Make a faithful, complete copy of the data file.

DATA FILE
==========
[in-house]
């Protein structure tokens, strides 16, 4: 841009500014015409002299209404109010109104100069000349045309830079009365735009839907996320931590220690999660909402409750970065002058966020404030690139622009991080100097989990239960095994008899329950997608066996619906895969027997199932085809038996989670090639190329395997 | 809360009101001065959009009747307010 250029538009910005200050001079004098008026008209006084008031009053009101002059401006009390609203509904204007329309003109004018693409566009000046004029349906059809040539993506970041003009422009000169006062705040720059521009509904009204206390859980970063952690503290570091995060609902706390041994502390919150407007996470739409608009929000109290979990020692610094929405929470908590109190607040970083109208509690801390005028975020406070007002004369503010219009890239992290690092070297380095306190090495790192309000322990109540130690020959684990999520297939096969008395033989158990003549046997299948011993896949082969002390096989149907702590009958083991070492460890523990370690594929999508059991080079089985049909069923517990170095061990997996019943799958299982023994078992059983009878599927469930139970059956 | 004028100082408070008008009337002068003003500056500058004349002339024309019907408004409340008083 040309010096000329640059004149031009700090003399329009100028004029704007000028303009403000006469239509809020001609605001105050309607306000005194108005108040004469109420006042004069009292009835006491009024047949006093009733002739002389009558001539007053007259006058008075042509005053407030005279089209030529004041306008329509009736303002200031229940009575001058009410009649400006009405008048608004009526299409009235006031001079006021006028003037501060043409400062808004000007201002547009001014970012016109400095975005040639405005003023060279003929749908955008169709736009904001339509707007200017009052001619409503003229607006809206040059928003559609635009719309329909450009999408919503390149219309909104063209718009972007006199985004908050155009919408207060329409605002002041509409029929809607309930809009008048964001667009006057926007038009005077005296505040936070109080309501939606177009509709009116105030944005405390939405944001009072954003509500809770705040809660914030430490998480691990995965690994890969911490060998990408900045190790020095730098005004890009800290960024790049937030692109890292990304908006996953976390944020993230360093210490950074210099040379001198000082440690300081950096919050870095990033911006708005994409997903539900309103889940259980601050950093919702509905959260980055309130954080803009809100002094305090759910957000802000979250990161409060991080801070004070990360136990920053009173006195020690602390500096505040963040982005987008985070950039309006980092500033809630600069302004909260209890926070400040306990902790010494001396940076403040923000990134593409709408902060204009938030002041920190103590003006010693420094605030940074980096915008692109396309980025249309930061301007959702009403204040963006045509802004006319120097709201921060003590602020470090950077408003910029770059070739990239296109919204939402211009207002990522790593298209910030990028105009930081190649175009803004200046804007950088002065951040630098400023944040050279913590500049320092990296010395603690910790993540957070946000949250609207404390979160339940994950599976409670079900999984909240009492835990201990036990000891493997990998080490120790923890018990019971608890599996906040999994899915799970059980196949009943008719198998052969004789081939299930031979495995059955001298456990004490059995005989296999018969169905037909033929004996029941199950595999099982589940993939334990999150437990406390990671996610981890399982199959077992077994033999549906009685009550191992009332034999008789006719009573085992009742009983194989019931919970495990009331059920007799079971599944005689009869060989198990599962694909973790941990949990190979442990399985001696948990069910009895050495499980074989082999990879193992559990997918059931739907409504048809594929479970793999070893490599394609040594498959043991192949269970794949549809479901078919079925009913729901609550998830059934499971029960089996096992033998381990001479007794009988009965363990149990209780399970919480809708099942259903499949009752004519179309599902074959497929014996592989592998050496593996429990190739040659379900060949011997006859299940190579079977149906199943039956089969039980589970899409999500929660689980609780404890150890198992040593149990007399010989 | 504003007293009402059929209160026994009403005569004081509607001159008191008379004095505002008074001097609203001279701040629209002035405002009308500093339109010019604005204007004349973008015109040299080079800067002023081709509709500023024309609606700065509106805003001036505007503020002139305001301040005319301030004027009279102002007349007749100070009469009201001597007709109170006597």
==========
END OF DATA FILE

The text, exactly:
[in-house]
């Protein structure tokens, strides 16, 4: 841009500014015409002299209404109010109104100069000349045309830079009365735009839907996320931590220690999660909402409750970065002058966020404030690139622009991080100097989990239960095994008899329950997608066996619906895969027997199932085809038996989670090639190329395997 | 809360009101001065959009009747307010 250029538009910005200050001079004098008026008209006084008031009053009101002059401006009390609203509904204007329309003109004018693409566009000046004029349906059809040539993506970041003009422009000169006062705040720059521009509904009204206390859980970063952690503290570091995060609902706390041994502390919150407007996470739409608009929000109290979990020692610094929405929470908590109190607040970083109208509690801390005028975020406070007002004369503010219009890239992290690092070297380095306190090495790192309000322990109540130690020959684990999520297939096969008395033989158990003549046997299948011993896949082969002390096989149907702590009958083991070492460890523990370690594929999508059991080079089985049909069923517990170095061990997996019943799958299982023994078992059983009878599927469930139970059956 | 004028100082408070008008009337002068003003500056500058004349002339024309019907408004409340008083 040309010096000329640059004149031009700090003399329009100028004029704007000028303009403000006469239509809020001609605001105050309607306000005194108005108040004469109420006042004069009292009835006491009024047949006093009733002739002389009558001539007053007259006058008075042509005053407030005279089209030529004041306008329509009736303002200031229940009575001058009410009649400006009405008048608004009526299409009235006031001079006021006028003037501060043409400062808004000007201002547009001014970012016109400095975005040639405005003023060279003929749908955008169709736009904001339509707007200017009052001619409503003229607006809206040059928003559609635009719309329909450009999408919503390149219309909104063209718009972007006199985004908050155009919408207060329409605002002041509409029929809607309930809009008048964001667009006057926007038009005077005296505040936070109080309501939606177009509709009116105030944005405390939405944001009072954003509500809770705040809660914030430490998480691990995965690994890969911490060998990408900045190790020095730098005004890009800290960024790049937030692109890292990304908006996953976390944020993230360093210490950074210099040379001198000082440690300081950096919050870095990033911006708005994409997903539900309103889940259980601050950093919702509905959260980055309130954080803009809100002094305090759910957000802000979250990161409060991080801070004070990360136990920053009173006195020690602390500096505040963040982005987008985070950039309006980092500033809630600069302004909260209890926070400040306990902790010494001396940076403040923000990134593409709408902060204009938030002041920190103590003006010693420094605030940074980096915008692109396309980025249309930061301007959702009403204040963006045509802004006319120097709201921060003590602020470090950077408003910029770059070739990239296109919204939402211009207002990522790593298209910030990028105009930081190649175009803004200046804007950088002065951040630098400023944040050279913590500049320092990296010395603690910790993540957070946000949250609207404390979160339940994950599976409670079900999984909240009492835990201990036990000891493997990998080490120790923890018990019971608890599996906040999994899915799970059980196949009943008719198998052969004789081939299930031979495995059955001298456990004490059995005989296999018969169905037909033929004996029941199950595999099982589940993939334990999150437990406390990671996610981890399982199959077992077994033999549906009685009550191992009332034999008789006719009573085992009742009983194989019931919970495990009331059920007799079971599944005689009869060989198990599962694909973790941990949990190979442990399985001696948990069910009895050495499980074989082999990879193992559990997918059931739907409504048809594929479970793999070893490599394609040594498959043991192949269970794949549809479901078919079925009913729901609550998830059934499971029960089996096992033998381990001479007794009988009965363990149990209780399970919480809708099942259903499949009752004519179309599902074959497929014996592989592998050496593996429990190739040659379900060949011997006859299940190579079977149906199943039956089969039980589970899409999500929660689980609780404890150890198992040593149990007399010989 | 504003007293009402059929209160026994009403005569004081509607001159008191008379004095505002008074001097609203001279701040629209002035405002009308500093339109010019604005204007004349973008015109040299080079800067002023081709509709500023024309609606700065509106805003001036505007503020002139305001301040005319301030004027009279102002007349007749100070009469009201001597007709109170006597």